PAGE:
Indeed, the company would roll out breakfast regionally. Its competitors, McDonald’s and Burger King, would hammer Wendy’s in those markets with ads, the tests would stumble and executives would back off.
Wendy’s also had another advantage: It developed a strong social media voice that could make this effort work better than it had in the past. But the company needed to get those skeptical franchisees on board.
Penegor wanted franchisees to be on board. “Not just the head but the hearts of franchisees,” he said.
It was not an easy task.
“Honestly, the bottom line is I ran out of nos. The brand really let us go through this process. It was not easy. It would have been a lot easier to dictate. But they would have gotten compliance, but not the heart.” —Wendy's franchisee Mike Zak
Zak was a member of the “A Team,” a select group of franchisees who were chosen to analyze a new breakfast daypart and work through the process. At the time, Zak was the president of the franchisees’ marketing board.
“It was different [from previous efforts] from the very beginning,” Zak said. “The first interaction with us as a marketing board was, ‘What needs to be true for breakfast to get you excited?’”
Still, Zak said he was skeptical for a long time. “For most of that, I was a no,” he said. “I went into it with the mindset to tell this group why they’re wrong again.”
But, he said, the company ultimately resolved his concerns.
“Honestly, the bottom line is I ran out of nos,” Zak said. “The brand really let us go through this process. It was not easy. It would have been a lot easier to dictate. But they would have gotten compliance, but not the heart.”
Wendy’s would implement a breakfast that would focus on the drive-thru, with the dining room not open until 9 a.m. and with a model that could be done with just two to three workers. The menu was loaded with sandwiches that did not add many new ingredients to franchisees’ shopping list.
The focus was to make it operationally simple and easy to profit from. Operators were given an out in a year if they didn’t like it. That ultimately got franchisees on board with the launch.
“There was a lot of internal skepticism,” Penegor said. “We have a long-tenured franchise system. They had a lot of questions. But we wanted to bring the franchise community along for the ride.”
Breakfast launched last March, and in the first week, the system’s same-store sales were up 18%.
“And then the pandemic hit,” Penegor said.
“He really earned his stripes with the franchise system during the pandemic.” —Mike Zak
It’s not just breakfast
The system pivoted quickly. Wendy’s had planned to advertise during the NCAA men’s basketball tournament. When that was scrapped, the company had to shift its ad strategy.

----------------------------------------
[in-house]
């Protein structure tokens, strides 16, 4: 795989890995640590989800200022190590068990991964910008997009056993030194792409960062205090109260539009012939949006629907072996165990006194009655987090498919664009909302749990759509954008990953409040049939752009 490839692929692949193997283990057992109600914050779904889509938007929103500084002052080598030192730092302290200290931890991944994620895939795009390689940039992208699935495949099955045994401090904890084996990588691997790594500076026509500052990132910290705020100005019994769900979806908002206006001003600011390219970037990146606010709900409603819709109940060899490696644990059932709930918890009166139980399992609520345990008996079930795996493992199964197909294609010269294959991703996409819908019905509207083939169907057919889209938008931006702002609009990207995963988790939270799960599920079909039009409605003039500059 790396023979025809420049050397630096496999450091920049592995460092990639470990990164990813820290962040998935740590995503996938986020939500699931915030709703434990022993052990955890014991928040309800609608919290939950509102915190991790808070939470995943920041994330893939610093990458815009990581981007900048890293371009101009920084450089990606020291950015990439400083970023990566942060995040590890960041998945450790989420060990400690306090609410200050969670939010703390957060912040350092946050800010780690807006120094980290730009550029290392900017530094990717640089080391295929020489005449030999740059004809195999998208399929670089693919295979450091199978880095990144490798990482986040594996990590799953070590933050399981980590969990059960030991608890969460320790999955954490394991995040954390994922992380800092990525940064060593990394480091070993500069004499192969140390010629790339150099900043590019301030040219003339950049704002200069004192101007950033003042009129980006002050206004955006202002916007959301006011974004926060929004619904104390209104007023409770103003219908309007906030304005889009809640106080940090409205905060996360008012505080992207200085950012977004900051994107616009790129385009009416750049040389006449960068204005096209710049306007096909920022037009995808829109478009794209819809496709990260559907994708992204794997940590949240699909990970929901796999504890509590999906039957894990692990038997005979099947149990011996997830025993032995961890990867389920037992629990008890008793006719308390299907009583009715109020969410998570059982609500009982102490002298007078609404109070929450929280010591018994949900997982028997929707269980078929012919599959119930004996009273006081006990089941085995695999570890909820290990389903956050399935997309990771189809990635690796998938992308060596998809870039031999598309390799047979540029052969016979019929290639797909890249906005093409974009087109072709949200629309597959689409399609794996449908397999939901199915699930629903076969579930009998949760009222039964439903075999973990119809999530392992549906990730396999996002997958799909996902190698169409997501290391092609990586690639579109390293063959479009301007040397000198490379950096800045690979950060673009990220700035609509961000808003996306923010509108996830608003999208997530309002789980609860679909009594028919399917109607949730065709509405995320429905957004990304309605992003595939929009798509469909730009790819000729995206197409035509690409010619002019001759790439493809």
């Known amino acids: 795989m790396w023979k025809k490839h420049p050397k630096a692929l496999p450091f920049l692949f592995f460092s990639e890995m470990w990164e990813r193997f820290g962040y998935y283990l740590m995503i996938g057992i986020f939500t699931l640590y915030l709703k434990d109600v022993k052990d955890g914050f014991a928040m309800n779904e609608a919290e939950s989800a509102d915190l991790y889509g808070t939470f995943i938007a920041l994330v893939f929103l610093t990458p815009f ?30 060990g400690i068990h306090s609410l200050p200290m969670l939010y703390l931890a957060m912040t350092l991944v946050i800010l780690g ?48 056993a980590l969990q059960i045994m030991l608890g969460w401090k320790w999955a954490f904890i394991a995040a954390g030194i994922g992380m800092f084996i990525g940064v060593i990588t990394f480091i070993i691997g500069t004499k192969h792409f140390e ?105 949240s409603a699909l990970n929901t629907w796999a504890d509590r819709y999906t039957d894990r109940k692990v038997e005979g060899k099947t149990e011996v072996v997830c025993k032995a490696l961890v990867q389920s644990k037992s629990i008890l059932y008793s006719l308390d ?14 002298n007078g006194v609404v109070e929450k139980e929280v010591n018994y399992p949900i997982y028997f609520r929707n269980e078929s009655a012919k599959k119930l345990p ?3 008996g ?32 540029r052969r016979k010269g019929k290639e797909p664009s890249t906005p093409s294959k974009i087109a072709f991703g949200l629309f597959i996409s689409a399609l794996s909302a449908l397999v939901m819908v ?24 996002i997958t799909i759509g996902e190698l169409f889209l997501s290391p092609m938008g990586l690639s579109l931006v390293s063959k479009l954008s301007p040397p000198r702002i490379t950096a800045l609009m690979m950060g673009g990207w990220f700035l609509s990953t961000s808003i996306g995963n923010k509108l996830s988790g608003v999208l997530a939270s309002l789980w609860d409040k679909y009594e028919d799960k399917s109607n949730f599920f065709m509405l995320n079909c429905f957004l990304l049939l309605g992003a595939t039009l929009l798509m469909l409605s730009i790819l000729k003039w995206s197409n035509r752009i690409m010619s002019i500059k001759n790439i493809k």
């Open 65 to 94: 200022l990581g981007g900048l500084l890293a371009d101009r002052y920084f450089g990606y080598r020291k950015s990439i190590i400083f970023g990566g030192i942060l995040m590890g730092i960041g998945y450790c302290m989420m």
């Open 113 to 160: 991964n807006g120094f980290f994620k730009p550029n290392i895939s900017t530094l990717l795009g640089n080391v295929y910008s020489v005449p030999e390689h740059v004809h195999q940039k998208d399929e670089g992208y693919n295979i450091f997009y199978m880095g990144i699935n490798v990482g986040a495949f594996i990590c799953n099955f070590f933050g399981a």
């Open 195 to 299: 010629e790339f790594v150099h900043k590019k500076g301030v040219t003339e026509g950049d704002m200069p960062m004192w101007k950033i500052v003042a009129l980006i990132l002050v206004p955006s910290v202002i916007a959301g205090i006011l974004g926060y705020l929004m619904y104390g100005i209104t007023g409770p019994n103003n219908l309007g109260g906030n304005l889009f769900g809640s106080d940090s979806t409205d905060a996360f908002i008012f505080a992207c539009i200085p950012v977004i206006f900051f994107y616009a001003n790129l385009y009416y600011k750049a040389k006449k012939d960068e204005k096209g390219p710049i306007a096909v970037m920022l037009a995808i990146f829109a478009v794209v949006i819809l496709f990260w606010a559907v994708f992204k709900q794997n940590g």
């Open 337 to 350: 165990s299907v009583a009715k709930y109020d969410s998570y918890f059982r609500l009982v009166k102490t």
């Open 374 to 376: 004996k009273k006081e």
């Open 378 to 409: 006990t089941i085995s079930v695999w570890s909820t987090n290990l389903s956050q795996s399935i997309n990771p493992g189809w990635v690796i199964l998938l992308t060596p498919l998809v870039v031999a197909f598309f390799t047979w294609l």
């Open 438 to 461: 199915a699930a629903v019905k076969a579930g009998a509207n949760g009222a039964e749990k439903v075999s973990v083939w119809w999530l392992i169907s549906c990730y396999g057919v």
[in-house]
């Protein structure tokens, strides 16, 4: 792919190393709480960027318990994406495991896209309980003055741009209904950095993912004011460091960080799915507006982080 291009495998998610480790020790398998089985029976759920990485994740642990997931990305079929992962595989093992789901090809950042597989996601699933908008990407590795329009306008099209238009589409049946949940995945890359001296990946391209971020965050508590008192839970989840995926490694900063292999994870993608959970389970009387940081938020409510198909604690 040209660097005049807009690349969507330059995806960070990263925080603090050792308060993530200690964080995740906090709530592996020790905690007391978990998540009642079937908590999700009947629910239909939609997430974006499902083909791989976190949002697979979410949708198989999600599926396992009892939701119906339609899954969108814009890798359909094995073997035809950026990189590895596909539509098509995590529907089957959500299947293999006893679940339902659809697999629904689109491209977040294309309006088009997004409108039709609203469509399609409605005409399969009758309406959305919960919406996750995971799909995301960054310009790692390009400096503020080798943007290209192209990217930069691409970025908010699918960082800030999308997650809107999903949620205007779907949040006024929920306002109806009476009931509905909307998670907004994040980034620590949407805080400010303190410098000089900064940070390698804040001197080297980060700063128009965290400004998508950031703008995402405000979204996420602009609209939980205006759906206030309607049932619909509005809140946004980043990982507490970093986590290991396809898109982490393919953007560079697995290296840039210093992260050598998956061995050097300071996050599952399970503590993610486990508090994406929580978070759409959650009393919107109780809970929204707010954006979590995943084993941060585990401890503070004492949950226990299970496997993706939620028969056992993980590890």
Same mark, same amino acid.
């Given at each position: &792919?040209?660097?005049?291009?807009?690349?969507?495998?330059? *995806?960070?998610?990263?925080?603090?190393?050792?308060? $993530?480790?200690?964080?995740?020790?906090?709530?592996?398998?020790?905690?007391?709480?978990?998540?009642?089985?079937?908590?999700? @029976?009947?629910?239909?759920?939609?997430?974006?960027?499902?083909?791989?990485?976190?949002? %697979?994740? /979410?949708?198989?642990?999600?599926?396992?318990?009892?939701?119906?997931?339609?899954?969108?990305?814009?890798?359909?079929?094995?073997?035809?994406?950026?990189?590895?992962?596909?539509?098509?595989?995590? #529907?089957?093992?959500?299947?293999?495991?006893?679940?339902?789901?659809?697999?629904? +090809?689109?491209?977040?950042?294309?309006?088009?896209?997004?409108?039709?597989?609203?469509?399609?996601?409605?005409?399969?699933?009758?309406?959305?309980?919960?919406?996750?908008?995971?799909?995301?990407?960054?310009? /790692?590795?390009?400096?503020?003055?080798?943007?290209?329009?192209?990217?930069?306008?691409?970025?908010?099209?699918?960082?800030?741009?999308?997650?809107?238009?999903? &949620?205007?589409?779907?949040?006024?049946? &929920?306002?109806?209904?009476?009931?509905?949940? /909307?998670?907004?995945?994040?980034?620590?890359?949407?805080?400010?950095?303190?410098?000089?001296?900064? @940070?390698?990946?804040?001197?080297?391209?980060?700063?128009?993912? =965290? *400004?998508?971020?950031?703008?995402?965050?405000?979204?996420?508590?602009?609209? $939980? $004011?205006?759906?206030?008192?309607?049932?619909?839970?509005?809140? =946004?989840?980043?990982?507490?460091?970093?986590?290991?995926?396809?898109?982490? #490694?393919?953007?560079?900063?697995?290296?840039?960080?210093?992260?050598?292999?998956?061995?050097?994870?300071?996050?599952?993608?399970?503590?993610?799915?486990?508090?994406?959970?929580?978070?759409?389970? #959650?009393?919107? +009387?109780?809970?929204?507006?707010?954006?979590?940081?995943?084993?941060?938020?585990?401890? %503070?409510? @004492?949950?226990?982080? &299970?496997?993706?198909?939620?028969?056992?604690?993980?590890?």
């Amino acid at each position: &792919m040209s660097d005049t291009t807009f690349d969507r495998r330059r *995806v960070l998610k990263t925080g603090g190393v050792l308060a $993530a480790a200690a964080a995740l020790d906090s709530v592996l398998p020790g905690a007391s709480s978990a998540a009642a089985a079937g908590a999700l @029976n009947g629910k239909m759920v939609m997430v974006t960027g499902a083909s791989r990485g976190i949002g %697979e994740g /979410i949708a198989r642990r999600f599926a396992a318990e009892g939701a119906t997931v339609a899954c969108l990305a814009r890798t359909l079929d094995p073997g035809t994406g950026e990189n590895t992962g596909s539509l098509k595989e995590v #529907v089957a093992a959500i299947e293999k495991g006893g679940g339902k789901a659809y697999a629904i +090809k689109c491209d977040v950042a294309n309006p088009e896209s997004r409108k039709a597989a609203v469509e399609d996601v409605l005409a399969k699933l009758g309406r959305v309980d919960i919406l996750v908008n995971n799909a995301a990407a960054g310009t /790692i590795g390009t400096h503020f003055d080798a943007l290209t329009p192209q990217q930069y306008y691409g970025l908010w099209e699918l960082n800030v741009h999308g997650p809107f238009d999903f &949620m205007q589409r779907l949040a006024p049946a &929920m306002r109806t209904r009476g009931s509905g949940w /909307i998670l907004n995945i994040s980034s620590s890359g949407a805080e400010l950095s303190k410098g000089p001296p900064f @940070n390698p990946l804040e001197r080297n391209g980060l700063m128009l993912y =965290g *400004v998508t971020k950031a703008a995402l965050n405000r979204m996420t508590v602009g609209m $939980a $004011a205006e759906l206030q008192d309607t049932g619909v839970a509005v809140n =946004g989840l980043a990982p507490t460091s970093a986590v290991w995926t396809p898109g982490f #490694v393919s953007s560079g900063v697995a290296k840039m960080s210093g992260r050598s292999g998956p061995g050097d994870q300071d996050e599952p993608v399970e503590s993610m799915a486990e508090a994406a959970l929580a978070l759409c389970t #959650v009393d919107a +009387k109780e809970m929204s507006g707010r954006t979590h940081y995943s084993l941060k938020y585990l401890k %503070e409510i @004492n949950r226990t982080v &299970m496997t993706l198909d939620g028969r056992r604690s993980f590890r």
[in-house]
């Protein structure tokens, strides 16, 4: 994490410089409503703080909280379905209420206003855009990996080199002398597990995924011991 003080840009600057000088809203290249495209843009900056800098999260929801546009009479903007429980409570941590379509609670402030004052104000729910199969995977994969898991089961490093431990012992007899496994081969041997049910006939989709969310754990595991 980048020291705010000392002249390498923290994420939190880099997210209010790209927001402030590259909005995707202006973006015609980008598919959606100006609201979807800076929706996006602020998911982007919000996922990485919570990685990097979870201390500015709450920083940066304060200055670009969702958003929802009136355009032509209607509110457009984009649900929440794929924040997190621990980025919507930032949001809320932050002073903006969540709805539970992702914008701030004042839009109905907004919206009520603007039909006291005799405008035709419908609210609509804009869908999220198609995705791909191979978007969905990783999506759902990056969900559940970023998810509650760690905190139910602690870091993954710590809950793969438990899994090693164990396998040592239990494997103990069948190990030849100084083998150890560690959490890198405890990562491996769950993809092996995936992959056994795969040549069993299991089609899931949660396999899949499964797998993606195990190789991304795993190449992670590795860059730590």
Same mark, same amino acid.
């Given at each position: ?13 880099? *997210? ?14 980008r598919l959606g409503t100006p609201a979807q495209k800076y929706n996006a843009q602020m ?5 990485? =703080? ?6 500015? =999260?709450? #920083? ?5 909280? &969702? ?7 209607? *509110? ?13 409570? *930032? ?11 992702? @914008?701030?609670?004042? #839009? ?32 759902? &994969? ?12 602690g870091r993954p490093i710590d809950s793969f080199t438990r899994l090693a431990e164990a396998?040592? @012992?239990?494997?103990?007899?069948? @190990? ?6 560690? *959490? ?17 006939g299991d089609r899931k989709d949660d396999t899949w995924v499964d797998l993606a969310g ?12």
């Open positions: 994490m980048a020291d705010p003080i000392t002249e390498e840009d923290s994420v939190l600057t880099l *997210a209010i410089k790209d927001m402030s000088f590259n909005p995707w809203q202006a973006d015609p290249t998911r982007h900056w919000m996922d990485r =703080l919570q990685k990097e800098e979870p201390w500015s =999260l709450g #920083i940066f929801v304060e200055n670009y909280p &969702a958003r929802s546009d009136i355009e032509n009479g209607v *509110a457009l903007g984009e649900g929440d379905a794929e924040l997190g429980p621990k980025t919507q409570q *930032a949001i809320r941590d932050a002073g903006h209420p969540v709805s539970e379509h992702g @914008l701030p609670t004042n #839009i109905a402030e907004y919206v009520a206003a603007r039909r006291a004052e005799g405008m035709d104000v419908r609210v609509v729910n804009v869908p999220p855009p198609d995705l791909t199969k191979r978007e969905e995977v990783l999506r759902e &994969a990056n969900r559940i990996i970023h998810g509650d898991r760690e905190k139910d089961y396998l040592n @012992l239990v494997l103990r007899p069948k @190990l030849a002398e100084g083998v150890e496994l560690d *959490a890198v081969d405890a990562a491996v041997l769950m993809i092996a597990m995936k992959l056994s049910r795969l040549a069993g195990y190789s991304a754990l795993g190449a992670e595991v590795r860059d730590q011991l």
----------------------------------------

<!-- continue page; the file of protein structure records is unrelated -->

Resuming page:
The pandemic itself would hit the morning business hard. With fewer commuters, concepts that depended upon people driving to and from work lost an important source of sales.
“The timing couldn’t be any worse,” Penegor said.
But, “We knew it was still an opportunity to have another layer of growth,” he said. He knew, for instance, that the pandemic wouldn’t last forever.
Wendy’s quickly abated ad funds during the morning, which helped with the daypart’s profitability. And Penegor said the company’s breakfast business was fortuitous in one key area—it was built for drive-thru, which was the big winner during the pandemic. The dining rooms were already closed.
“We just had to be patient,” Penegor said. “People were going to come back to the same routine.”
Breakfast managed to get to 7% sales mix despite the pandemic, which the system considers a major victory, and the company’s franchisees remain on board.
It’s important to note, however, that breakfast isn’t the only reason for Penegor’s appearance among nominees this year. The company is focusing intently on other sales-building areas—notably international, where the company has just 947 of its more than 6,800 units. Wendy’s is also building its digital business and recently hired Kevin Vasconi away from Domino’s.
And, Zak noted, Penegor’s response to the pandemic got the entire franchise system behind him. “I honestly don’t know what he could have done better,” he said.
Zak last year was the chair of Wendy’s franchise association. “Literally from March 15 through April 23, the first six weeks, he and I talked every day, sometimes several times a day,” Zak said. “There were times he was listening at midnight. It was collaborative. He really earned his stripes with the franchise system during the pandemic.”
The five Restaurant Leader of the Year nominees will participate in an online panel discussion on May 25 in collaboration with the National Restaurant Association Show. You can register for the discussion here.